YAGER is bringing aerial armada combat to the free-to-play space
YAGER Development GmbH is entering the free-to-play video game space with a unique sci-fi multiplayer aerial armada combat game, Dreadnought. At E3 2014, the developer had five-versus-five gameplay running in pre-alpha, although from the gorgeous visuals and engaging aerial combat, the game looked much further along in development. That, in part, can be attributed to the game studio using Epic Games’ Unreal Engine 4 technology. Unsurprisingly, sprawling lines waiting for a chance to play the alpha version stretched around publisher Grey Box’s booth at PAX Prime.
“Unreal Engine 4 makes it possible for us to very fast – a prototype,” said Eckhard Duken, technical director at YAGER. “We used Unreal Engine 3 for Spec Ops: The Line, so we are very familiar with the subsystems and underlying architecture, which hasn’t changed that much between the two versions. But new tools like Blueprint, which is the visual scripting language of Unreal Engine 4, give us an opportunity to let the designers do their own prototypes and then we can support that later on with engineers’ efforts and do it in a more efficient way.”
So far show attendees have been able to explore the Highlands level of the game, which features combat above rich mountain landscapes that can also be used for cover. Duken said his team in Germany implemented a lot of special shader features in the game.
“You see real-time damage on the ships through the shaders, which I think is one of the coolest features we have implemented today,” said Duken. “We’re still early in the development phase, so there’s a lot more to come. The possibilities with Unreal Engine 4 are very good. It’s a great tool.”
Dreadnought was inspired by great sci-fi television shows and movies, including Star Trek and Battlestar Galactica.
“We wanted to create a fantasy about spaceship captain and create a game that hadn’t been done yet,” said Duken. “There are a lot of very fast-paced fighter games, but there were no games that show the bigger ships like the Enterprise or Battlestar Galactica.”
Dreadnought currently has five classes of ships, the biggest of which shares a name with the game’s title. The tank class ship has heavy armor and powerful weapons, but is slow to maneuver and lacks speed. The well-rounded Destroyer class capital ship offers the perfect balance across speed, maneuverability, shields and offensive and defensives capabilities. The Corvette is the scout class ship, which excels at speed and flanking. The Tactical cruise serves as the medic of the fleet, which is easy to spot with its white metal and offers repairs mid-fight. Rounding out the classes is the Artillery cruiser, which serves as the sniper and can deliver serious damage from afar with great accuracy.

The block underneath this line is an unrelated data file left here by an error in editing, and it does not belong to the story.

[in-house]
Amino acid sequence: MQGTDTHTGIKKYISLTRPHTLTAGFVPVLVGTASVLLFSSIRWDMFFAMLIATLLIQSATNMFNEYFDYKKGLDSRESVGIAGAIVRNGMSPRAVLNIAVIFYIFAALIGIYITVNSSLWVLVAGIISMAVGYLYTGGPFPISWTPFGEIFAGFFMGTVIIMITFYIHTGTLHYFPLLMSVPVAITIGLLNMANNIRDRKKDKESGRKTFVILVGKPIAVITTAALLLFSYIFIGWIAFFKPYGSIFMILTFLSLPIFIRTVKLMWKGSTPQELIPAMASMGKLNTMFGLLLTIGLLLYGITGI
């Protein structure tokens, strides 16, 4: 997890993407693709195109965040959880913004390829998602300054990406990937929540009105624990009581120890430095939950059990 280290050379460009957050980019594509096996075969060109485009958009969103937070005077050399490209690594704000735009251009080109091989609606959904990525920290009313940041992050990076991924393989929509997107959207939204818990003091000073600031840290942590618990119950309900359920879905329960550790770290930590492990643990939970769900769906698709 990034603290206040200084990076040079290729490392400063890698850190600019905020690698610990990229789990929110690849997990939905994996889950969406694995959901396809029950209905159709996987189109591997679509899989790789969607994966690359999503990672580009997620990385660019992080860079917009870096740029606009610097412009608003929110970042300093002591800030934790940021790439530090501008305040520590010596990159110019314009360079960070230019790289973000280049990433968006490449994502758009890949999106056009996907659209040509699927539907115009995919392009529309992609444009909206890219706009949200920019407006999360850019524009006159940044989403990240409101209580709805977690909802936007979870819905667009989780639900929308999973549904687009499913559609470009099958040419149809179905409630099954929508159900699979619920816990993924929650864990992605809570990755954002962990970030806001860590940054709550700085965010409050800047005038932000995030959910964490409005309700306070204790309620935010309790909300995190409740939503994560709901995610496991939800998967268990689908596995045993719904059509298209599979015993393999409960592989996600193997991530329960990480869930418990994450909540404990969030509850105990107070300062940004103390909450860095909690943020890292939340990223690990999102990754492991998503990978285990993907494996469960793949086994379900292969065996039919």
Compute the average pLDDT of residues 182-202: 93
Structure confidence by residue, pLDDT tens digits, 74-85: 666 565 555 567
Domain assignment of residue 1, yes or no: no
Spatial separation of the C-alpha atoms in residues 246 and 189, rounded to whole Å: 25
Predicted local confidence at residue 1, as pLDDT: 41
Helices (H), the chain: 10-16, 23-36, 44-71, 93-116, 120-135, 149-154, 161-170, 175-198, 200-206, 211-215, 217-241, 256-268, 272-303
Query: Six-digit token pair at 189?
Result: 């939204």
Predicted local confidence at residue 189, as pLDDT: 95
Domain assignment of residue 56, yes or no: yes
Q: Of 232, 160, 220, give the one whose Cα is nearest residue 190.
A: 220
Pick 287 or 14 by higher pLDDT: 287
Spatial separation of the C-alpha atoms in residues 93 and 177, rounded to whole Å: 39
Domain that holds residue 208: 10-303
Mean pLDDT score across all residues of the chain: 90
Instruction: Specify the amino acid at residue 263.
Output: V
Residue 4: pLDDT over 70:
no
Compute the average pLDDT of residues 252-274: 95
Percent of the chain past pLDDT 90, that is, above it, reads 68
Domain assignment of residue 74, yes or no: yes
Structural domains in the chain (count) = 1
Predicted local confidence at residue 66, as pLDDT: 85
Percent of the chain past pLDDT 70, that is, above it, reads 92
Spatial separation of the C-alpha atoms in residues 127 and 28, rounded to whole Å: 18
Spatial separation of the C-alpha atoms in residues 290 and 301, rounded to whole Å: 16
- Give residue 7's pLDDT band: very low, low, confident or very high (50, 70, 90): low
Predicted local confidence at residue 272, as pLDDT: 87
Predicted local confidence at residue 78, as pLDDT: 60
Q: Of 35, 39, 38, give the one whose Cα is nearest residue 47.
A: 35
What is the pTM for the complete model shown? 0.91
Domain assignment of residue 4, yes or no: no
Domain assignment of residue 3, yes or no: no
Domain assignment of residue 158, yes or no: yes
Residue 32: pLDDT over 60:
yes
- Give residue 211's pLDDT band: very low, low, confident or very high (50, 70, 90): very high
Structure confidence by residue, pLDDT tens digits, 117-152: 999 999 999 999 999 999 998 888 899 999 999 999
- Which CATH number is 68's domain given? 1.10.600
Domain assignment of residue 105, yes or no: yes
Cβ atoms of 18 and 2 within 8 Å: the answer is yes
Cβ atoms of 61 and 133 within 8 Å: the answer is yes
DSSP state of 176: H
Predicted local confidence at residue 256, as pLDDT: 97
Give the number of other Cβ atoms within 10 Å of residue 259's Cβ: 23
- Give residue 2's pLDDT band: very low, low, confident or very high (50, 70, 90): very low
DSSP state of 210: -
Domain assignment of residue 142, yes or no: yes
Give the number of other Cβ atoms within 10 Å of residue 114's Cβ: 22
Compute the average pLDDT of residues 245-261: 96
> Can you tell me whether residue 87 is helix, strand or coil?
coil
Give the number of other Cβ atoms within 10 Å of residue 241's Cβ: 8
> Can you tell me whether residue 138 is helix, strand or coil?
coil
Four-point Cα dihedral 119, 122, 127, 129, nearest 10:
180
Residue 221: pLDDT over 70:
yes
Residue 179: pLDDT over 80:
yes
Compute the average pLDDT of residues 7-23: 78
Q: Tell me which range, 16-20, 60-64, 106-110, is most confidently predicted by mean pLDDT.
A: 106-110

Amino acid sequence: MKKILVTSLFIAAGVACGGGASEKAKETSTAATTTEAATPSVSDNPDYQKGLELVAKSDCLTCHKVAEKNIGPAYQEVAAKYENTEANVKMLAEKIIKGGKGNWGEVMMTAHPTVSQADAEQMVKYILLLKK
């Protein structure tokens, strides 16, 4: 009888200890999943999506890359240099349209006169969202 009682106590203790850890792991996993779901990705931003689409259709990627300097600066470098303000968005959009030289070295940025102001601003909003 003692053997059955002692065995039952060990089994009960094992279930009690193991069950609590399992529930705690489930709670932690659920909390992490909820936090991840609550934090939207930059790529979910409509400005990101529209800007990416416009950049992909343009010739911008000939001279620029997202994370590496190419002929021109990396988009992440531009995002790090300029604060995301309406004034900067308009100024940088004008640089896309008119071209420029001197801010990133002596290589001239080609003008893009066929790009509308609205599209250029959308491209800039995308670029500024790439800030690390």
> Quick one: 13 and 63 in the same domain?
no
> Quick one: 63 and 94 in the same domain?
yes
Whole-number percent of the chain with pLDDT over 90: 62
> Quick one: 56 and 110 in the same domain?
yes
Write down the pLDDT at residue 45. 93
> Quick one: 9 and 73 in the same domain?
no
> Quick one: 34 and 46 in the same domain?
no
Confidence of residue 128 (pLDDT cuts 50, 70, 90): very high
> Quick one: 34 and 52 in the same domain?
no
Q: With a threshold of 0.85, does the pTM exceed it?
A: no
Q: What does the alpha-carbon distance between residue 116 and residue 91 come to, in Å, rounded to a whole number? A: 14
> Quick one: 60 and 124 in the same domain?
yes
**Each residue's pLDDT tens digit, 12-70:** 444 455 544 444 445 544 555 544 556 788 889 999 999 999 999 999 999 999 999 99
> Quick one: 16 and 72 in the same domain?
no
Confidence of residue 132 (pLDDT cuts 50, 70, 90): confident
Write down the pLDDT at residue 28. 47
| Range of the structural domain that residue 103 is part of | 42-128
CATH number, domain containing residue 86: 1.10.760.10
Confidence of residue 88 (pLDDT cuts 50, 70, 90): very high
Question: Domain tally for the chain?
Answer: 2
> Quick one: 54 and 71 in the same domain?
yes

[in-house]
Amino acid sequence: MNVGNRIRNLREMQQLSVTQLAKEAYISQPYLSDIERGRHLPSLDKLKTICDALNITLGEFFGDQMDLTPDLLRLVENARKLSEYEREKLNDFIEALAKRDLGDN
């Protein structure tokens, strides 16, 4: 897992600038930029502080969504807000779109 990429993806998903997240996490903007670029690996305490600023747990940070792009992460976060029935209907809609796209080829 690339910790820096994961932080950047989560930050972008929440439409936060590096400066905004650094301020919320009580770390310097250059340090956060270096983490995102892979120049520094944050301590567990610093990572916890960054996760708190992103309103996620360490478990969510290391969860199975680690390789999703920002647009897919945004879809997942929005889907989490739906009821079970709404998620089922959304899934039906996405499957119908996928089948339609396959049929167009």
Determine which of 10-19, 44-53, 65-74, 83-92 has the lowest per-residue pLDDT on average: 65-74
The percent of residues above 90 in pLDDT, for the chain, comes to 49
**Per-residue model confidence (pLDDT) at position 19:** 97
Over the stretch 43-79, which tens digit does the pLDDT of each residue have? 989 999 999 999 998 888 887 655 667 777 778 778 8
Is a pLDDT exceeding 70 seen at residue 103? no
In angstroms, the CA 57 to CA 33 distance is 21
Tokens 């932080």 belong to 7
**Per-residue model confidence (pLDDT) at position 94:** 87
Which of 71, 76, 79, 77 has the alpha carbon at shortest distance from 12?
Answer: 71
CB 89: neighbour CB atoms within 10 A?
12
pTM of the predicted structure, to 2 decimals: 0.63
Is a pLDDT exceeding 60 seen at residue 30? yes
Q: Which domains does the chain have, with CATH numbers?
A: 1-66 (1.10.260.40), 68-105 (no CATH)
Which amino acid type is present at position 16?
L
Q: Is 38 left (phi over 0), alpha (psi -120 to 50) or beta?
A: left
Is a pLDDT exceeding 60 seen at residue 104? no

“We wanted to cater to each player type we could imagine, so there is a very slow class with the Dreadnought and more difficult classes like the sniper, which needs to take cover and stay away from the main combat,” said Duken, who noted that cover will play an important part in some levels. “We have canyons where you can hide and if you’re up in the sky then you’re an easy target and you will not survive that long. We want to ship with at least four different settings. While one is a space level, we believe that having the fights going on over an epic landscape is a nice way to show off all the features we can do with the engine.”
Each of these ships has a primary and secondary weapon, four cool-down abilities, and the ability to adjust shields, engines and weapons during battles. YAGER has implemented an officer system in the game, which are similar to perks in a typical shooter. The weapons, navigation and engine officers will modify a ship’s attributes. They will also progress with the player over time, so they’ll have individual strengths and disadvantages.
“A typical strategy to use when playing Dreadnought would be to use the healers not only to keep the team alive, but also trying to lure opposing players towards them because the healers are very powerful ships,” said Duken. “If played the right way, you can lure people to leave the safety of their team and then they’re easy prey for your teammates. That’s one of the tactics we saw at E3.”
Although still early in development, the team was able to get an impressive playable demo up and running in time for press attending E3 to experience the multiplayer combat.
“The speed of development with Unreal Engine 4 is incredible,” said Duken. “Before, you always needed a coder for a small team. When we worked on Spec Ops, we’d have designers, engineers and artists working together on a specific feature. With Dreadnought, we were able to remove the engineer in the first part of the process from the team nearly completely and this increased the speed of development incredibly.”
Duken said the team didn’t have to crunch for two or three months to get the E3 build together. With Unreal Engine 4, they were able to shift some resources around and wow the critics with their very first hands-on of the game.
“Epic has given us great support,” said Duken. “The new subscription model for Unreal Engine 4 is great. We were in the position to get very early hands-on with the engine. And Epic was very open for feedback from our side. It’s been great working together with them on this project. The ability to get nearly instant feedback from engineers at Epic and share code with them, having a forth and back with them, has been great. I cannot imagine any better way.”
With the beta scheduled for 2015, players will soon be able to get their hands on the new free-to-play game. By that time, YAGER will have had additional development time to push their creativity forward utilizing Unreal Engine 4.